FORTUNE -- At a big business conference recently -- where the rules forbade my quoting participants by name -- I was surprised to hear a famous CEO refer in passing to “New York City, which is still the center of the world.” The CEO isn’t American (he’s English), and whenever I see him he’s always just coming from or going to China. And he thinks New York is the center of the world. I wondered, Could he be right?
A few days later I got a call from Noel Tichy, the well-known leadership expert and professor at the University of Michigan’s Ross School of Business, to say he was bringing 15 global MBA students -- all of them from outside the U.S., most of them Asian -- to the city for two days. “I asked how many of them had been to New York, and only two or three of them raised their hands,” he explained. “I said, ‘Come on. How can you understand global business if you’ve never been to the world’s financial center? We’re going!’”
So are these guys right? The conventional view is of course that the global centers of gravity -- economic, intellectual, social, cultural -- are shifting unstoppably east, and little old New York is receding to the middle of the pack. Yet a case can still be made for New York’s primacy, as follows:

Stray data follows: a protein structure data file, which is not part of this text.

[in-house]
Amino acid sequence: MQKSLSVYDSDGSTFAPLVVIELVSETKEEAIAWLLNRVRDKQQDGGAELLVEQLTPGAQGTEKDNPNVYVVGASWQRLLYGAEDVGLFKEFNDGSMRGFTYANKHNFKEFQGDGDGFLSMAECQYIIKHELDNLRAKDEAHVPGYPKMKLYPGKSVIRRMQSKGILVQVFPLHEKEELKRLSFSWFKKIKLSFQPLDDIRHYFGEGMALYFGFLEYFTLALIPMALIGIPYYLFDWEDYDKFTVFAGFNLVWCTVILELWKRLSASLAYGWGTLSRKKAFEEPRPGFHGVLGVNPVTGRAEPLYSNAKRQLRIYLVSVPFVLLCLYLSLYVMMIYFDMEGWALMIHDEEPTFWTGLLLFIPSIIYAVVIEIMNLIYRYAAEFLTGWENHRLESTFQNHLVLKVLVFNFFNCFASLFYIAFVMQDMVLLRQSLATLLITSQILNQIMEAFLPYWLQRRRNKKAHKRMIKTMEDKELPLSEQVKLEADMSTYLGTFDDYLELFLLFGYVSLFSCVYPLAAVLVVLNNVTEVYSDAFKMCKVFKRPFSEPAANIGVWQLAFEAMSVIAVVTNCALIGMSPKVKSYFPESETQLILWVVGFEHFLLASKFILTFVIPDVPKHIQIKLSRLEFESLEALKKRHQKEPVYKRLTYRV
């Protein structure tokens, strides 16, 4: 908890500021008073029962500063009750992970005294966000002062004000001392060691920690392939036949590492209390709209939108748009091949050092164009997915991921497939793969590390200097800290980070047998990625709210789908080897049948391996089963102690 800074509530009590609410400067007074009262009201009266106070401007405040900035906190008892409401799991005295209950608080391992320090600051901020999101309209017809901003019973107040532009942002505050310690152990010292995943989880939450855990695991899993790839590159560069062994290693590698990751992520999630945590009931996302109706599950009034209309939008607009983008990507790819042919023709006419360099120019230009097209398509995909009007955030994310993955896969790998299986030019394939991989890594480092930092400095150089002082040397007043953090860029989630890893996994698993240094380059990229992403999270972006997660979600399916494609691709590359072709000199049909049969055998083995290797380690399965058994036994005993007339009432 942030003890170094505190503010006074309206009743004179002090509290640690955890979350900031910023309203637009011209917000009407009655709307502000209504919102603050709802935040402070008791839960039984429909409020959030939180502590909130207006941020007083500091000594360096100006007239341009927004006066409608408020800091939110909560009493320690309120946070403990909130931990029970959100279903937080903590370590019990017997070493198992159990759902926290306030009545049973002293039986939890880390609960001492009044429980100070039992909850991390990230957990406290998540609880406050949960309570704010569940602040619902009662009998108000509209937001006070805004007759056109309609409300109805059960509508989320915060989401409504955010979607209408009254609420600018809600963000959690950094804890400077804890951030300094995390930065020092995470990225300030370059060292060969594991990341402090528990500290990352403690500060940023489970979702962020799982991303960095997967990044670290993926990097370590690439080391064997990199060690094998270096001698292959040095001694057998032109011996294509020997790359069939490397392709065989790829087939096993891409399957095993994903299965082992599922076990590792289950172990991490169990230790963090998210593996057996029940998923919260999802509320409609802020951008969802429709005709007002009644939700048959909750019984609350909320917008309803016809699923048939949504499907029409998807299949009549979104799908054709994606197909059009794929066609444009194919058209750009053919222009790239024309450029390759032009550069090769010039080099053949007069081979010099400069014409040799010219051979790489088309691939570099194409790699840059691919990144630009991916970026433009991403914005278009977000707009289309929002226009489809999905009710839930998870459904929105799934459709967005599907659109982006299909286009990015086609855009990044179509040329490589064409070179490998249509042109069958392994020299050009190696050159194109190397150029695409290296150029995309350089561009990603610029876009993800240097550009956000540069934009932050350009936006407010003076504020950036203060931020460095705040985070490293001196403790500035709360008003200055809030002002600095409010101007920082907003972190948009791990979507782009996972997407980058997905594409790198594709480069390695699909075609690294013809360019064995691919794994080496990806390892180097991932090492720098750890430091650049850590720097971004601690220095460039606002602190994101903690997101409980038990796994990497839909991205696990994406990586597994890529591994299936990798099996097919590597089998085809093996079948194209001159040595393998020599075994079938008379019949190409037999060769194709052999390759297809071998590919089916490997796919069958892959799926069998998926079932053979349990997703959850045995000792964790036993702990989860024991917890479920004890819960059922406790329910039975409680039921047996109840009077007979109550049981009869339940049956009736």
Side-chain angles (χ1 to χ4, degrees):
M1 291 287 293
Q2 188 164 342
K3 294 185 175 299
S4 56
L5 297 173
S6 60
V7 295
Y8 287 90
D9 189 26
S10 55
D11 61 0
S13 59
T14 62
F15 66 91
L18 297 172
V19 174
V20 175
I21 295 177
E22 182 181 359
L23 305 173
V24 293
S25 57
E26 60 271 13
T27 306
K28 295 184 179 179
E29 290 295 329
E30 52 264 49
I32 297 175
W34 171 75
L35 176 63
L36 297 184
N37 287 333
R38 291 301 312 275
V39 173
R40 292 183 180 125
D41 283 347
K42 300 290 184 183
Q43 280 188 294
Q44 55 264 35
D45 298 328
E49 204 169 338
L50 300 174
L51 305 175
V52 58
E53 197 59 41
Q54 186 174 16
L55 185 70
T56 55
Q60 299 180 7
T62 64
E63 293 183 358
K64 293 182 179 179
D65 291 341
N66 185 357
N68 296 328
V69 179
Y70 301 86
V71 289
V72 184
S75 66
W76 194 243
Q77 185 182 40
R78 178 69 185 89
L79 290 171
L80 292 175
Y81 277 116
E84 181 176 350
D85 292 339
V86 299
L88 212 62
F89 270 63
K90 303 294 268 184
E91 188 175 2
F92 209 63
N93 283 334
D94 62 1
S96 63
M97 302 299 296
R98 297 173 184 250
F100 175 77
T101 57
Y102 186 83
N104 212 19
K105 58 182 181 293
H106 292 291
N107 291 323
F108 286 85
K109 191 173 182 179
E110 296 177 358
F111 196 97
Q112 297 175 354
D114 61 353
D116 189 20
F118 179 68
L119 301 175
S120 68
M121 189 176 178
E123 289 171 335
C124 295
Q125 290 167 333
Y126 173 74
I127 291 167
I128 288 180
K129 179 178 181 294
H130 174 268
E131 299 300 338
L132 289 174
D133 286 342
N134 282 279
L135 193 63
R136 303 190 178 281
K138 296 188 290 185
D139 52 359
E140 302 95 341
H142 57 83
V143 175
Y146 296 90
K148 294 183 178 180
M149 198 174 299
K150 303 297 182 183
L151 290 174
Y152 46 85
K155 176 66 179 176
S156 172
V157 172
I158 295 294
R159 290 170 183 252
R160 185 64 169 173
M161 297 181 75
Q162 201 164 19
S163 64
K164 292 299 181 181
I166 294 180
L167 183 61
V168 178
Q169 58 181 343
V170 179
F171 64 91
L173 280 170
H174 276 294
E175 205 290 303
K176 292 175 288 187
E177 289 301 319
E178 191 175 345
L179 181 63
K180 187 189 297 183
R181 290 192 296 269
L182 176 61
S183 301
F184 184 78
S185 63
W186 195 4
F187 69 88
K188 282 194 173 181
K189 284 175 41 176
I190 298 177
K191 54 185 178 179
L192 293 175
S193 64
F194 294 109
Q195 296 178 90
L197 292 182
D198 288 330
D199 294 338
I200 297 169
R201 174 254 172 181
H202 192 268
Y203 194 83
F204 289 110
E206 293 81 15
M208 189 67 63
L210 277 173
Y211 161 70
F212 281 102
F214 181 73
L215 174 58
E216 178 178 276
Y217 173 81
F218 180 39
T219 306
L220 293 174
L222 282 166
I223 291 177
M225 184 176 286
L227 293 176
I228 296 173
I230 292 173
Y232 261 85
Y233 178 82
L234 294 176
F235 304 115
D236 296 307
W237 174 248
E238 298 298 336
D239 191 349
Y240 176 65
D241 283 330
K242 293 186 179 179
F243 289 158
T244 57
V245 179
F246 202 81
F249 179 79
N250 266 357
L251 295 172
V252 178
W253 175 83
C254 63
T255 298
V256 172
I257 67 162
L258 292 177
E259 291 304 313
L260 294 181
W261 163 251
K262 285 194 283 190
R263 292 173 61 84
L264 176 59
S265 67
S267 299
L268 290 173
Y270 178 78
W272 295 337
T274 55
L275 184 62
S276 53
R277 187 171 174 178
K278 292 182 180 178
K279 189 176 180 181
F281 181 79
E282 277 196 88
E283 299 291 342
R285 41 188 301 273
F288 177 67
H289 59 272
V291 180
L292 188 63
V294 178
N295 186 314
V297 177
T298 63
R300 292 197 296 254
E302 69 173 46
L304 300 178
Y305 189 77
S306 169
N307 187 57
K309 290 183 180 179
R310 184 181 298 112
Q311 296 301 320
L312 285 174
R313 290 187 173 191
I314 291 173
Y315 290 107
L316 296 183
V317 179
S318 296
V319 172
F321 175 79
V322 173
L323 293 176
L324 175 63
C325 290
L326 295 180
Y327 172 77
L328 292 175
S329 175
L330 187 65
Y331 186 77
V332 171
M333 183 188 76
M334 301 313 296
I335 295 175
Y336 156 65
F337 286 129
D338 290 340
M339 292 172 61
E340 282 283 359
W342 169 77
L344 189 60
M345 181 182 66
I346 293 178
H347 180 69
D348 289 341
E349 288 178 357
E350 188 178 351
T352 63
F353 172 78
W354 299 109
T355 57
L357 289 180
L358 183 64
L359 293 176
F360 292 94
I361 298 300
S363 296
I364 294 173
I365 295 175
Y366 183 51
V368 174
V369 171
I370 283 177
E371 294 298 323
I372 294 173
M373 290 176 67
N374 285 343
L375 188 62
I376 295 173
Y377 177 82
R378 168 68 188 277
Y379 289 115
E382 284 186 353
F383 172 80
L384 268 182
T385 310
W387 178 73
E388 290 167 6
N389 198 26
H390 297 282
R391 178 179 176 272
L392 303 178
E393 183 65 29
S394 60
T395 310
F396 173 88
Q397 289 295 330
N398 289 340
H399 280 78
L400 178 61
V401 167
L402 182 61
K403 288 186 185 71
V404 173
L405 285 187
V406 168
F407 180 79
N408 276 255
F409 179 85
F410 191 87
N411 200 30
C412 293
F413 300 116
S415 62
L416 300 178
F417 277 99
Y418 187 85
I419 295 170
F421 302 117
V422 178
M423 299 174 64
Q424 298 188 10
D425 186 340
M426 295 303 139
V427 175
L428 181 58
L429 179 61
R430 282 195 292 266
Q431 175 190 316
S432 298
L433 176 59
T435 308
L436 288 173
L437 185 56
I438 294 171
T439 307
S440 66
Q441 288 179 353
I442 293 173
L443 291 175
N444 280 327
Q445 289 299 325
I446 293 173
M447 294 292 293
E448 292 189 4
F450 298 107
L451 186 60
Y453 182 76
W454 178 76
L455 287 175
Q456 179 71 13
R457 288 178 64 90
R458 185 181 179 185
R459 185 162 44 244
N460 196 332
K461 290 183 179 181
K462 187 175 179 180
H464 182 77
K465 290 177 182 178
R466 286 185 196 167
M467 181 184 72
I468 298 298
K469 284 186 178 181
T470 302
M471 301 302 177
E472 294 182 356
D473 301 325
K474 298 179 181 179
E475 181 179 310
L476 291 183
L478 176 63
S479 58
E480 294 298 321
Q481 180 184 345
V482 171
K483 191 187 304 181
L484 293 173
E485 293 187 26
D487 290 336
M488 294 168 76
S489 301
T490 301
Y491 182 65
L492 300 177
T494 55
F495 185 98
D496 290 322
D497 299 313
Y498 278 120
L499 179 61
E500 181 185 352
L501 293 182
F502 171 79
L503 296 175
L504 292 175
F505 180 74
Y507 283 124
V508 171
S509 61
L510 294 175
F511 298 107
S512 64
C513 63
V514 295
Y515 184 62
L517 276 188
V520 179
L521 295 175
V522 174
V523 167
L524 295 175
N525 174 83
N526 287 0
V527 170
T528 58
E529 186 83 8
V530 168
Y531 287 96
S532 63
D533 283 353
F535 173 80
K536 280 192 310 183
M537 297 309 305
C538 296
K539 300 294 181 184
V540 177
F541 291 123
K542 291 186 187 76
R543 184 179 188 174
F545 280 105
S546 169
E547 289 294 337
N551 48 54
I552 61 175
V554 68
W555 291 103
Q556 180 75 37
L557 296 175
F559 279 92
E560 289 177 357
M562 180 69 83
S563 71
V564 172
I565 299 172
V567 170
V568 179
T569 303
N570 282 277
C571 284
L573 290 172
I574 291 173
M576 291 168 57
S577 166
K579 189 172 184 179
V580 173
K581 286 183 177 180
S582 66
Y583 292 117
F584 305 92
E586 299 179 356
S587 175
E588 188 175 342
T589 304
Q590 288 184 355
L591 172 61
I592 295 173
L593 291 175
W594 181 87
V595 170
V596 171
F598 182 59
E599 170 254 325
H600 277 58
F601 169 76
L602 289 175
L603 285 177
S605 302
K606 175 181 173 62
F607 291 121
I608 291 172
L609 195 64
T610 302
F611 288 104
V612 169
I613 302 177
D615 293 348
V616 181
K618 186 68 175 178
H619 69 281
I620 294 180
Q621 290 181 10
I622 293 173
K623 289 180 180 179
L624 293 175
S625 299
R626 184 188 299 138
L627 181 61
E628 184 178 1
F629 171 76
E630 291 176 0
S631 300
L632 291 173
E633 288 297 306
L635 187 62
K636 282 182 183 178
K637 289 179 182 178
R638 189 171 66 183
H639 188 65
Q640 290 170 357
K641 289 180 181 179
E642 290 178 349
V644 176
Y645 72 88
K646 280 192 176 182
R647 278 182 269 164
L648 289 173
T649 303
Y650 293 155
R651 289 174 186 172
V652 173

-It is arguably still the preeminent financial center. Its claim was in danger after the scandals of the Enron/WorldCom era prompted Sarbanes-Oxley and other heavy-handed regulations, which drove many companies to capital markets elsewhere, especially London. But now London and the EU have heaped mountains of regulation onto firms, including proposed limits on bankers’ bonuses, and New York looks a lot more alluring once again.
-It is unquestionably the global media capital. Of the world’s 10 biggest media companies, five -- CBS (cbs), News Corp. (nwsa), Time Warner (twx), 21st Century Fox (fox), and Viacom (via) -- are based in New York. No other city has more than one.
Money and media -- when a city is world headquarters for those two sectors of today’s economy, maybe it really is the center of the world. So all hail New York! It has held the title for, let’s say, 68 years (since the end of World War II). But for how much longer? Five years? I wouldn’t bet on it. The famous CEO who called New York the center of the world made his remark in Singapore. That eastward trend may surge and pause, but it isn’t stopping.